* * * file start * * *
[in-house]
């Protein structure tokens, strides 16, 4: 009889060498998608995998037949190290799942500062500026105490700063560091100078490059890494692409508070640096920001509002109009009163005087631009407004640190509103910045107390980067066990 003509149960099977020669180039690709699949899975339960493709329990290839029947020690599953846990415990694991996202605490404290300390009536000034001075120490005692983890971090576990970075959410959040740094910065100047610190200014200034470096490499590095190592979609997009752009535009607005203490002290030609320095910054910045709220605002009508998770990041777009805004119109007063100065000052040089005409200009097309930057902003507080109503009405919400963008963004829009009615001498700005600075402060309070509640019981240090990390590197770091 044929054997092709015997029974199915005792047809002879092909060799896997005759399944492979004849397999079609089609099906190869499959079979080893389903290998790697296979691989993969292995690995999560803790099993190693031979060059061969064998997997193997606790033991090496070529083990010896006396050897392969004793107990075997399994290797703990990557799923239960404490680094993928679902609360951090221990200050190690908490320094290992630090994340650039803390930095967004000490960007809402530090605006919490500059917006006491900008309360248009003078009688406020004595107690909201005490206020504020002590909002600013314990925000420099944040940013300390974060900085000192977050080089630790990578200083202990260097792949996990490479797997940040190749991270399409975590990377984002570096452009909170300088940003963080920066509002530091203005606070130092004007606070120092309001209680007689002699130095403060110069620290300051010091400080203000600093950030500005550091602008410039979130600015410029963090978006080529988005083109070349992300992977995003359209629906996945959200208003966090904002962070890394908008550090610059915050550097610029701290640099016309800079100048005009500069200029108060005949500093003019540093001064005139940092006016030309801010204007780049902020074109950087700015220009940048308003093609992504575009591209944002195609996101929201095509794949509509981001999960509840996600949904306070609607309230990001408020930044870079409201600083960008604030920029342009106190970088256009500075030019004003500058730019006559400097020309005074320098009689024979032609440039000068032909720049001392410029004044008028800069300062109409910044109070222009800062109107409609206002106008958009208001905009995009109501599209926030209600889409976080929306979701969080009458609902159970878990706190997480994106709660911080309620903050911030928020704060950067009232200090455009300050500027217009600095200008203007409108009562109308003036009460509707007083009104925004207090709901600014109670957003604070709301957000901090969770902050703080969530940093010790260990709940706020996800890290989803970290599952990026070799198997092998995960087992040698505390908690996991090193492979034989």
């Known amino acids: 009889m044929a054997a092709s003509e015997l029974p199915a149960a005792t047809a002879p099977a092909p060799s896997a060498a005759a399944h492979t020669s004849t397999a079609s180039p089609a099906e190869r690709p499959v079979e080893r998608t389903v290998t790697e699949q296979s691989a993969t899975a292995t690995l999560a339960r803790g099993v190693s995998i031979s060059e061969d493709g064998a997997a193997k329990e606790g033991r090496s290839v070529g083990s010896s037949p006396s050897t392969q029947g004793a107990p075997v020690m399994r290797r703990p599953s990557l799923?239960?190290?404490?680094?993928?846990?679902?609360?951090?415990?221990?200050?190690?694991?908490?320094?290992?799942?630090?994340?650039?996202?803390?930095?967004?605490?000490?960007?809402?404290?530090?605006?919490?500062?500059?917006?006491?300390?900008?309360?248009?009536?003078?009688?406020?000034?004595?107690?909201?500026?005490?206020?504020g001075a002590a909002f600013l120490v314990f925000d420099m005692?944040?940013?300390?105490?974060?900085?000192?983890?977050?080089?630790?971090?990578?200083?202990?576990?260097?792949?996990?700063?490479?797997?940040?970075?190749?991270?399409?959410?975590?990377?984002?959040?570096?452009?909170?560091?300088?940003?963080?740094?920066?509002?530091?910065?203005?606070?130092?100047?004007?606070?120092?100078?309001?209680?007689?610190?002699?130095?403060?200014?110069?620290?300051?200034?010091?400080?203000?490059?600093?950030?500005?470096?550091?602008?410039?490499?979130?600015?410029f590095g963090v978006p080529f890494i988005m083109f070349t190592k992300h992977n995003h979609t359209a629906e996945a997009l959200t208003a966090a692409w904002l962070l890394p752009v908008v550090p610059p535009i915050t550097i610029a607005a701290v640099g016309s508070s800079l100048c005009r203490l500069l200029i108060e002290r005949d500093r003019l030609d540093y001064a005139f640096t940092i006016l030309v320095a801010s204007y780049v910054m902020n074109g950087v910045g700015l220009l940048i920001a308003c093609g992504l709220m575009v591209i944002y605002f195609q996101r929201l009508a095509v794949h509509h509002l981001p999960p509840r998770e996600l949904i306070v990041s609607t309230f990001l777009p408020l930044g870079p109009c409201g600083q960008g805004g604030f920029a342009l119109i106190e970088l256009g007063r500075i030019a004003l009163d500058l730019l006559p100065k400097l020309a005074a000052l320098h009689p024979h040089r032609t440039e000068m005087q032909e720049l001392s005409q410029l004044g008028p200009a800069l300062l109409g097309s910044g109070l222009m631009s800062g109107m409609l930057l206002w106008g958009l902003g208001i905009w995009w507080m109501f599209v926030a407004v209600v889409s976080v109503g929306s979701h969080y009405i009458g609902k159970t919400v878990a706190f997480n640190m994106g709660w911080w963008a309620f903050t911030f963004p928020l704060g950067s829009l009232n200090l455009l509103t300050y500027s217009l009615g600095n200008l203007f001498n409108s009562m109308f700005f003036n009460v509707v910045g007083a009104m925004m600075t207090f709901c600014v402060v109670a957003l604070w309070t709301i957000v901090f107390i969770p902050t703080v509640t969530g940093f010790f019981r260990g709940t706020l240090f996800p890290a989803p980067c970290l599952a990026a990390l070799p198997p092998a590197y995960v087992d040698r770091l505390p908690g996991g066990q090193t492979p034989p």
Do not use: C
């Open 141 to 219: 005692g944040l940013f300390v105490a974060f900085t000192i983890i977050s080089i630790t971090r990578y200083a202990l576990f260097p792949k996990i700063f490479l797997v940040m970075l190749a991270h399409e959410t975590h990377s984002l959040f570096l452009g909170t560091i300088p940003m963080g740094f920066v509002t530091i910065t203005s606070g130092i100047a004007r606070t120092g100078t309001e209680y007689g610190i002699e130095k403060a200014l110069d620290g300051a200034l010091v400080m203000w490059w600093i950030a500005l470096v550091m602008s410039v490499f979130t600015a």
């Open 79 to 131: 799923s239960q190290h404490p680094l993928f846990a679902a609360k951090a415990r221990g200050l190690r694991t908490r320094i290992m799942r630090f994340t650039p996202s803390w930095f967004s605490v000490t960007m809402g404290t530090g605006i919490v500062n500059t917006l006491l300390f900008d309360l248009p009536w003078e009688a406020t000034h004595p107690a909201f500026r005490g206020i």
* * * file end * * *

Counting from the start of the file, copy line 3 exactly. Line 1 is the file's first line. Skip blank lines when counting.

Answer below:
């Known amino acids: 009889m044929a054997a092709s003509e015997l029974p199915a149960a005792t047809a002879p099977a092909p060799s896997a060498a005759a399944h492979t020669s004849t397999a079609s180039p089609a099906e190869r690709p499959v079979e080893r998608t389903v290998t790697e699949q296979s691989a993969t899975a292995t690995l999560a339960r803790g099993v190693s995998i031979s060059e061969d493709g064998a997997a193997k329990e606790g033991r090496s290839v070529g083990s010896s037949p006396s050897t392969q029947g004793a107990p075997v020690m399994r290797r703990p599953s990557l799923?239960?190290?404490?680094?993928?846990?679902?609360?951090?415990?221990?200050?190690?694991?908490?320094?290992?799942?630090?994340?650039?996202?803390?930095?967004?605490?000490?960007?809402?404290?530090?605006?919490?500062?500059?917006?006491?300390?900008?309360?248009?009536?003078?009688?406020?000034?004595?107690?909201?500026?005490?206020?504020g001075a002590a909002f600013l120490v314990f925000d420099m005692?944040?940013?300390?105490?974060?900085?000192?983890?977050?080089?630790?971090?990578?200083?202990?576990?260097?792949?996990?700063?490479?797997?940040?970075?190749?991270?399409?959410?975590?990377?984002?959040?570096?452009?909170?560091?300088?940003?963080?740094?920066?509002?530091?910065?203005?606070?130092?100047?004007?606070?120092?100078?309001?209680?007689?610190?002699?130095?403060?200014?110069?620290?300051?200034?010091?400080?203000?490059?600093?950030?500005?470096?550091?602008?410039?490499?979130?600015?410029f590095g963090v978006p080529f890494i988005m083109f070349t190592k992300h992977n995003h979609t359209a629906e996945a997009l959200t208003a966090a692409w904002l962070l890394p752009v908008v550090p610059p535009i915050t550097i610029a607005a701290v640099g016309s508070s800079l100048c005009r203490l500069l200029i108060e002290r005949d500093r003019l030609d540093y001064a005139f640096t940092i006016l030309v320095a801010s204007y780049v910054m902020n074109g950087v910045g700015l220009l940048i920001a308003c093609g992504l709220m575009v591209i944002y605002f195609q996101r929201l009508a095509v794949h509509h509002l981001p999960p509840r998770e996600l949904i306070v990041s609607t309230f990001l777009p408020l930044g870079p109009c409201g600083q960008g805004g604030f920029a342009l119109i106190e970088l256009g007063r500075i030019a004003l009163d500058l730019l006559p100065k400097l020309a005074a000052l320098h009689p024979h040089r032609t440039e000068m005087q032909e720049l001392s005409q410029l004044g008028p200009a800069l300062l109409g097309s910044g109070l222009m631009s800062g109107m409609l930057l206002w106008g958009l902003g208001i905009w995009w507080m109501f599209v926030a407004v209600v889409s976080v109503g929306s979701h969080y009405i009458g609902k159970t919400v878990a706190f997480n640190m994106g709660w911080w963008a309620f903050t911030f963004p928020l704060g950067s829009l009232n200090l455009l509103t300050y500027s217009l009615g600095n200008l203007f001498n409108s009562m109308f700005f003036n009460v509707v910045g007083a009104m925004m600075t207090f709901c600014v402060v109670a957003l604070w309070t709301i957000v901090f107390i969770p902050t703080v509640t969530g940093f010790f019981r260990g709940t706020l240090f996800p890290a989803p980067c970290l599952a990026a990390l070799p198997p092998a590197y995960v087992d040698r770091l505390p908690g996991g066990q090193t492979p034989p």